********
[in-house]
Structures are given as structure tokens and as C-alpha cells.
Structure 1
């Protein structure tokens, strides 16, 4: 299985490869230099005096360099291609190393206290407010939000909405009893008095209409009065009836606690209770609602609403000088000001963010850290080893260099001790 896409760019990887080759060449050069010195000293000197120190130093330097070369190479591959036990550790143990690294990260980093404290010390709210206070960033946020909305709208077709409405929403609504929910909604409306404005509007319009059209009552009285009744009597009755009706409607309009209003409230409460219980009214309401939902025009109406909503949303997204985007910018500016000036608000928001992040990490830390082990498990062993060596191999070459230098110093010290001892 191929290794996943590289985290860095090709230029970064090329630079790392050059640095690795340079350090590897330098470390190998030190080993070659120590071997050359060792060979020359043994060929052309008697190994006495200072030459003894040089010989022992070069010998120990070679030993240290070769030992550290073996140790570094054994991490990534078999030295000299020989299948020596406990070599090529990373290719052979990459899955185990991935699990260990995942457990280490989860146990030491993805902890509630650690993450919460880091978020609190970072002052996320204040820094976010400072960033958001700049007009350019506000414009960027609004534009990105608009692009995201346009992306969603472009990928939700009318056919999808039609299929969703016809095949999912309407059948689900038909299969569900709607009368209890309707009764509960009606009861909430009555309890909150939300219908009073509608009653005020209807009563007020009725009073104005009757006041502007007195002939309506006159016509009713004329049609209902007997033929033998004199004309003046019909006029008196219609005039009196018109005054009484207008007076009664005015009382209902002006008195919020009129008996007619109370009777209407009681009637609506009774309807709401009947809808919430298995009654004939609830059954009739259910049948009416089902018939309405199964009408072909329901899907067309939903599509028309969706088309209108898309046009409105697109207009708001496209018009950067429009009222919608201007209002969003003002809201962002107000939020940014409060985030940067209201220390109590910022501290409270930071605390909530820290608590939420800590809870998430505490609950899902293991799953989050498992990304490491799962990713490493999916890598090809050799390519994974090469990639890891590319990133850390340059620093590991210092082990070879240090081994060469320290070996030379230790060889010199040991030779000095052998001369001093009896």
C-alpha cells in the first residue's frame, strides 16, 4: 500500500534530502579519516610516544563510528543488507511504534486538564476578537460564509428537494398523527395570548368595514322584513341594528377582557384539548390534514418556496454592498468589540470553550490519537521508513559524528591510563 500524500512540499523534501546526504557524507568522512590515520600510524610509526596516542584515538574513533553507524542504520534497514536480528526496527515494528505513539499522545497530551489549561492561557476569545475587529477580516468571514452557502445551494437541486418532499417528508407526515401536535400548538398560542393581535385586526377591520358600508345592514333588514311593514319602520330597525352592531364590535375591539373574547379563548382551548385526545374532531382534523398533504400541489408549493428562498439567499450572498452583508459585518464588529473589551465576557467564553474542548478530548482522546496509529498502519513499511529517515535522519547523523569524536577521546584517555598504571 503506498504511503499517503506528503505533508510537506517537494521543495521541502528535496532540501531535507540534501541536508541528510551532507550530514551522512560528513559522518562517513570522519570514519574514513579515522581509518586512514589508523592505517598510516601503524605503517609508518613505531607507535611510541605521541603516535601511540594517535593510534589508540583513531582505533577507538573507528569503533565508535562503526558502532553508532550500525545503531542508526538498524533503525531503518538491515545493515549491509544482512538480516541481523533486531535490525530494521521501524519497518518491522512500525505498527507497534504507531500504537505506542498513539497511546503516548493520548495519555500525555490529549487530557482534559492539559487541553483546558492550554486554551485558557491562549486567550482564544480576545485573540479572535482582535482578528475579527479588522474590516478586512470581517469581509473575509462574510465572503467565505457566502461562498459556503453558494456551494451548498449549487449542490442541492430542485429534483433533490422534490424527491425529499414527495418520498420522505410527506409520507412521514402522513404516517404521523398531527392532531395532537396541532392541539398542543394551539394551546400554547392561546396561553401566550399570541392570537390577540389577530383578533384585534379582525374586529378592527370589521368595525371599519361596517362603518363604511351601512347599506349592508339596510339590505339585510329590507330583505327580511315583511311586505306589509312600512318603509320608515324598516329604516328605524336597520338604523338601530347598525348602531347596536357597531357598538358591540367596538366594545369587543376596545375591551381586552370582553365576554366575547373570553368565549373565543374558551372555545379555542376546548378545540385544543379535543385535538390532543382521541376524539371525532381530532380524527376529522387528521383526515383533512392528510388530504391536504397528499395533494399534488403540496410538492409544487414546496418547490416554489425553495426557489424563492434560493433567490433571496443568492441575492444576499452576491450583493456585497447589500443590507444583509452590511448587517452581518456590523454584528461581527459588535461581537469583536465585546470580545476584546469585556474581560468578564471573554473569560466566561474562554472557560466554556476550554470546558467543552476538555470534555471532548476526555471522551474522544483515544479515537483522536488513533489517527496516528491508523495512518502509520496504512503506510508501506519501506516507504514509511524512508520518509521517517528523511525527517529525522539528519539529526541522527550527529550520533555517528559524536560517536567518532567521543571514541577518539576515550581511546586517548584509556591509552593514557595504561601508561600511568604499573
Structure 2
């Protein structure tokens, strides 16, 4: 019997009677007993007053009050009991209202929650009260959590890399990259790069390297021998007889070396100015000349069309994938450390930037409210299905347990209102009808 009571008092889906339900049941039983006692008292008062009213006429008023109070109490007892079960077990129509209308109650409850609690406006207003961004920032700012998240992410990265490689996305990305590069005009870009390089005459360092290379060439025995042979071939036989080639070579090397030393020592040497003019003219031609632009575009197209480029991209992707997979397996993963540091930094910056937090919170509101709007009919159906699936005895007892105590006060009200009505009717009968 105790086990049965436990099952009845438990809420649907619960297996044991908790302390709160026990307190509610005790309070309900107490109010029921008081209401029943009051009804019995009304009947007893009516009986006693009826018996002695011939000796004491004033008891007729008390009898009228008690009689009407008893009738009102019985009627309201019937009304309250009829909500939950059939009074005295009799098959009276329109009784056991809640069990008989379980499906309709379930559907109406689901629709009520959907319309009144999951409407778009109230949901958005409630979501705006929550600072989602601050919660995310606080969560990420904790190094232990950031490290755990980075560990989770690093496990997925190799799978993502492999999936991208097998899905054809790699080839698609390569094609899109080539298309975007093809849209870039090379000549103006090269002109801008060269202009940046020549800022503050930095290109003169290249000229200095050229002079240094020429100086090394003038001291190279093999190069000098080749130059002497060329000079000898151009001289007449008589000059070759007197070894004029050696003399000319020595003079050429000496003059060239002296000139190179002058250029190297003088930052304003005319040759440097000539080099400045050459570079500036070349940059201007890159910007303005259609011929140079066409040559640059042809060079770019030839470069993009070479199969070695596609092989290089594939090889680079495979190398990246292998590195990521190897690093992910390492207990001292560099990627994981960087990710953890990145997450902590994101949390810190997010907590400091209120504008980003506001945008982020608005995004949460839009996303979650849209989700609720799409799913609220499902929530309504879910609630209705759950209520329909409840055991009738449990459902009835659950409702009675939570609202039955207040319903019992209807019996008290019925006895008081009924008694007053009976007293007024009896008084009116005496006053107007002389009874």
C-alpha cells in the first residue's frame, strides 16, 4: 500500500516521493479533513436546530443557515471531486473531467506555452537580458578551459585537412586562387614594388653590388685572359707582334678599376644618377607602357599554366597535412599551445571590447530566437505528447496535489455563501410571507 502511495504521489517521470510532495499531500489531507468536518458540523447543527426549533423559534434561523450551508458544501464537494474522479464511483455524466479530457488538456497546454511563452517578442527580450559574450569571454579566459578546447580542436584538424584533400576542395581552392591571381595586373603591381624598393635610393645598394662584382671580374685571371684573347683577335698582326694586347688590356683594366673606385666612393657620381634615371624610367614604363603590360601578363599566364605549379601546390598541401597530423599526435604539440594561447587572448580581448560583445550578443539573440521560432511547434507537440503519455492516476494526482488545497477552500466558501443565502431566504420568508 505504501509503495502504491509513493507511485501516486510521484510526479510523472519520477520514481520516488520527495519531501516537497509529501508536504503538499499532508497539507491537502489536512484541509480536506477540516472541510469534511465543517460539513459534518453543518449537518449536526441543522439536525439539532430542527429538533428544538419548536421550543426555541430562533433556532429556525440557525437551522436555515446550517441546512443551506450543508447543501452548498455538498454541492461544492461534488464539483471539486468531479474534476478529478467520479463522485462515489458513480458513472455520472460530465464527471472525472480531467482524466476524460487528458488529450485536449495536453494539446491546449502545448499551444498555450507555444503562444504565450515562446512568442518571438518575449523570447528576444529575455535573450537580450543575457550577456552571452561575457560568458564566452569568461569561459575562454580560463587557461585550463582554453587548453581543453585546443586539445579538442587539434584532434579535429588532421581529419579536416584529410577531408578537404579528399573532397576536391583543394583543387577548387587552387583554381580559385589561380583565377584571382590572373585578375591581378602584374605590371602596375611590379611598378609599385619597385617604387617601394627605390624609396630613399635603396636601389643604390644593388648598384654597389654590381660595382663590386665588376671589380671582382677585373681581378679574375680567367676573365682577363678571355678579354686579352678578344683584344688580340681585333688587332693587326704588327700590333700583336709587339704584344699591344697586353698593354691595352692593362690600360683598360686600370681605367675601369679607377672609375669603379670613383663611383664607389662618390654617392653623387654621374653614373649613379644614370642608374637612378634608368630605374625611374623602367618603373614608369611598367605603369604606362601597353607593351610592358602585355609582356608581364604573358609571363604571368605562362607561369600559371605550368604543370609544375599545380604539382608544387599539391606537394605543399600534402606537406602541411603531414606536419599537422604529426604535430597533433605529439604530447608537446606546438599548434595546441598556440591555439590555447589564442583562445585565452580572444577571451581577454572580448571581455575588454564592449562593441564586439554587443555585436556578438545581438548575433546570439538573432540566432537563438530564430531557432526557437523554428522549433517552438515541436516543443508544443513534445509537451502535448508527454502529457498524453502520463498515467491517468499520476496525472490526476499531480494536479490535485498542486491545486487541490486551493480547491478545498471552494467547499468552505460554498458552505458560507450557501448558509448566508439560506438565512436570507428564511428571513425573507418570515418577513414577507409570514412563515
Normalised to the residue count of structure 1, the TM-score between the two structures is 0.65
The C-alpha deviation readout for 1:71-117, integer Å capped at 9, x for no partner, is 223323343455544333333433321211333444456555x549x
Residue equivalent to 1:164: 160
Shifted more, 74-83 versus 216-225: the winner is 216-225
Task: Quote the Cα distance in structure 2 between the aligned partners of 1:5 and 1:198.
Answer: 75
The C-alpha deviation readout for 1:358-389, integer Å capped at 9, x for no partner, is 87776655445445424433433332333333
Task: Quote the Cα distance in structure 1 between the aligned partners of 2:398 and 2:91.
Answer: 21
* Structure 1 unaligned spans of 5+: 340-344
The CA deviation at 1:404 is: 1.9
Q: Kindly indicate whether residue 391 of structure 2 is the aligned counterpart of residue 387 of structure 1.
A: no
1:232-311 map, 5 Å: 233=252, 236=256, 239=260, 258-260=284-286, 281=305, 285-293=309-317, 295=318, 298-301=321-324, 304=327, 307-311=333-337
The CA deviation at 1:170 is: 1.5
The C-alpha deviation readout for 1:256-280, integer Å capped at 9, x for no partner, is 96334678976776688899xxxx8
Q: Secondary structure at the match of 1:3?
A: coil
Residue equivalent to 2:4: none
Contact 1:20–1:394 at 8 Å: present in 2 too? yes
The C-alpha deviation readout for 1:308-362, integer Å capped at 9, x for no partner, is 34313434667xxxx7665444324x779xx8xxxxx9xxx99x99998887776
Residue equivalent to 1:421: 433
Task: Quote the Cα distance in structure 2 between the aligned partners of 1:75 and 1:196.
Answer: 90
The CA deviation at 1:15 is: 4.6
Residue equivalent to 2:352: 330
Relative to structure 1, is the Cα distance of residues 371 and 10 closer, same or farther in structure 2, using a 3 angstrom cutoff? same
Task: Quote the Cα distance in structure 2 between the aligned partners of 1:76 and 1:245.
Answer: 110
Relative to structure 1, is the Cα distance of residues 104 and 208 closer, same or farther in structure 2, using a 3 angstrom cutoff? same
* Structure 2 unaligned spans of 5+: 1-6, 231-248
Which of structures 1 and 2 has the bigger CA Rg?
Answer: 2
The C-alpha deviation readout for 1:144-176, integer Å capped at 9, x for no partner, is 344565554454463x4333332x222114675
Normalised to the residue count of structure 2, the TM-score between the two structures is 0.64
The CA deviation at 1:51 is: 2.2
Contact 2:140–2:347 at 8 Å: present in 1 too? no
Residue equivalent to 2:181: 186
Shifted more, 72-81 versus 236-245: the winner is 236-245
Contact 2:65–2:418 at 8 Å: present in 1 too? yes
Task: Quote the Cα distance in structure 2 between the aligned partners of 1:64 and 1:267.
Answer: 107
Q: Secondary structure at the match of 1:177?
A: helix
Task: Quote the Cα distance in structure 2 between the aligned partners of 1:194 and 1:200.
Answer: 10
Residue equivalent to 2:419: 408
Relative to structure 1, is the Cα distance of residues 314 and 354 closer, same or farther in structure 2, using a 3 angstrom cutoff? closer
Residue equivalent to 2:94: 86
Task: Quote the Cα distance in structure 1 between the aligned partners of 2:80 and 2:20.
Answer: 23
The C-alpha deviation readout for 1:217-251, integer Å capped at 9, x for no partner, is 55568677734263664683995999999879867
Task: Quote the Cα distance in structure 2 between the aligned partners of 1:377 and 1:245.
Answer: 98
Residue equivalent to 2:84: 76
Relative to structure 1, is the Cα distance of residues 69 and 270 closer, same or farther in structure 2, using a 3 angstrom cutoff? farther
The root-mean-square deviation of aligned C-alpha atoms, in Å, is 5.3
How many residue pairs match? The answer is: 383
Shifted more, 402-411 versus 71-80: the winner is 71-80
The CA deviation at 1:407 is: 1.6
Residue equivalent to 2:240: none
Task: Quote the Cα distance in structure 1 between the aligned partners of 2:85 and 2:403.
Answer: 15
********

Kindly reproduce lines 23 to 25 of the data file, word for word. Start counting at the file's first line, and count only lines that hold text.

The CA deviation at 1:170 is: 1.5
The C-alpha deviation readout for 1:256-280, integer Å capped at 9, x for no partner, is 96334678976776688899xxxx8
Q: Secondary structure at the match of 1:3?